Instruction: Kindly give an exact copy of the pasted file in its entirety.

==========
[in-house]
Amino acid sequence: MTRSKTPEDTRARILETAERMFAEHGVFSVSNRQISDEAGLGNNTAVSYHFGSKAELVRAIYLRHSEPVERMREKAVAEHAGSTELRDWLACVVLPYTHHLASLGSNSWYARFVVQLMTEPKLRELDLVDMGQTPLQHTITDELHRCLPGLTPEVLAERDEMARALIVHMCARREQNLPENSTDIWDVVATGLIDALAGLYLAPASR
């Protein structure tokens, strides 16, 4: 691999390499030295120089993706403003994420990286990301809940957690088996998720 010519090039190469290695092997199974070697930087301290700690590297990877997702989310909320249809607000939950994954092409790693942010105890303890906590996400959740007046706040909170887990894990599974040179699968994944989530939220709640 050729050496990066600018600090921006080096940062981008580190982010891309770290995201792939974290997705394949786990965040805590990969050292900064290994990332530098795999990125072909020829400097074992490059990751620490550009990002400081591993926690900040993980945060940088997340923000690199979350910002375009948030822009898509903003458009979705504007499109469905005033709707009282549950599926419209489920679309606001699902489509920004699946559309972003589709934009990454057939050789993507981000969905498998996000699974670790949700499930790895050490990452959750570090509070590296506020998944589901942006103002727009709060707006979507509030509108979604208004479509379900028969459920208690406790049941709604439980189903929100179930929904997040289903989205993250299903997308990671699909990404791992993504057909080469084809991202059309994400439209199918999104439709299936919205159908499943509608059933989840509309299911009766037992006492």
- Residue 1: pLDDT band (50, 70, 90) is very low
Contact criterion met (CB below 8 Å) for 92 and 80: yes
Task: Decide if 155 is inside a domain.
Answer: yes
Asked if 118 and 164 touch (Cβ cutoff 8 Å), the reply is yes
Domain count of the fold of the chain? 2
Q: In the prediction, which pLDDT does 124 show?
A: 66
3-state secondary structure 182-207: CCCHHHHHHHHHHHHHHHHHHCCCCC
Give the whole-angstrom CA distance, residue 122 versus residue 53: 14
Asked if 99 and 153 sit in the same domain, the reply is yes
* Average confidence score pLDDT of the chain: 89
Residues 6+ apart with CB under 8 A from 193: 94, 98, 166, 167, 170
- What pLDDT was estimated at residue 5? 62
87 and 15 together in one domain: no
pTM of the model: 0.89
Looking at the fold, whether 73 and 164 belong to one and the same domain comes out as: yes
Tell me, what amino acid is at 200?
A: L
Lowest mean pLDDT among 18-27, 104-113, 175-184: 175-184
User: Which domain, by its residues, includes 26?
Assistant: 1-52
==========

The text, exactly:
[in-house]
Amino acid sequence: MTRSKTPEDTRARILETAERMFAEHGVFSVSNRQISDEAGLGNNTAVSYHFGSKAELVRAIYLRHSEPVERMREKAVAEHAGSTELRDWLACVVLPYTHHLASLGSNSWYARFVVQLMTEPKLRELDLVDMGQTPLQHTITDELHRCLPGLTPEVLAERDEMARALIVHMCARREQNLPENSTDIWDVVATGLIDALAGLYLAPASR
């Protein structure tokens, strides 16, 4: 691999390499030295120089993706403003994420990286990301809940957690088996998720 010519090039190469290695092997199974070697930087301290700690590297990877997702989310909320249809607000939950994954092409790693942010105890303890906590996400959740007046706040909170887990894990599974040179699968994944989530939220709640 050729050496990066600018600090921006080096940062981008580190982010891309770290995201792939974290997705394949786990965040805590990969050292900064290994990332530098795999990125072909020829400097074992490059990751620490550009990002400081591993926690900040993980945060940088997340923000690199979350910002375009948030822009898509903003458009979705504007499109469905005033709707009282549950599926419209489920679309606001699902489509920004699946559309972003589709934009990454057939050789993507981000969905498998996000699974670790949700499930790895050490990452959750570090509070590296506020998944589901942006103002727009709060707006979507509030509108979604208004479509379900028969459920208690406790049941709604439980189903929100179930929904997040289903989205993250299903997308990671699909990404791992993504057909080469084809991202059309994400439209199918999104439709299936919205159908499943509608059933989840509309299911009766037992006492």
- Residue 1: pLDDT band (50, 70, 90) is very low
Contact criterion met (CB below 8 Å) for 92 and 80: yes
Task: Decide if 155 is inside a domain.
Answer: yes
Asked if 118 and 164 touch (Cβ cutoff 8 Å), the reply is yes
Domain count of the fold of the chain? 2
Q: In the prediction, which pLDDT does 124 show?
A: 66
3-state secondary structure 182-207: CCCHHHHHHHHHHHHHHHHHHCCCCC
Give the whole-angstrom CA distance, residue 122 versus residue 53: 14
Asked if 99 and 153 sit in the same domain, the reply is yes
* Average confidence score pLDDT of the chain: 89
Residues 6+ apart with CB under 8 A from 193: 94, 98, 166, 167, 170
- What pLDDT was estimated at residue 5? 62
87 and 15 together in one domain: no
pTM of the model: 0.89
Looking at the fold, whether 73 and 164 belong to one and the same domain comes out as: yes
Tell me, what amino acid is at 200?
A: L
Lowest mean pLDDT among 18-27, 104-113, 175-184: 175-184
User: Which domain, by its residues, includes 26?
Assistant: 1-52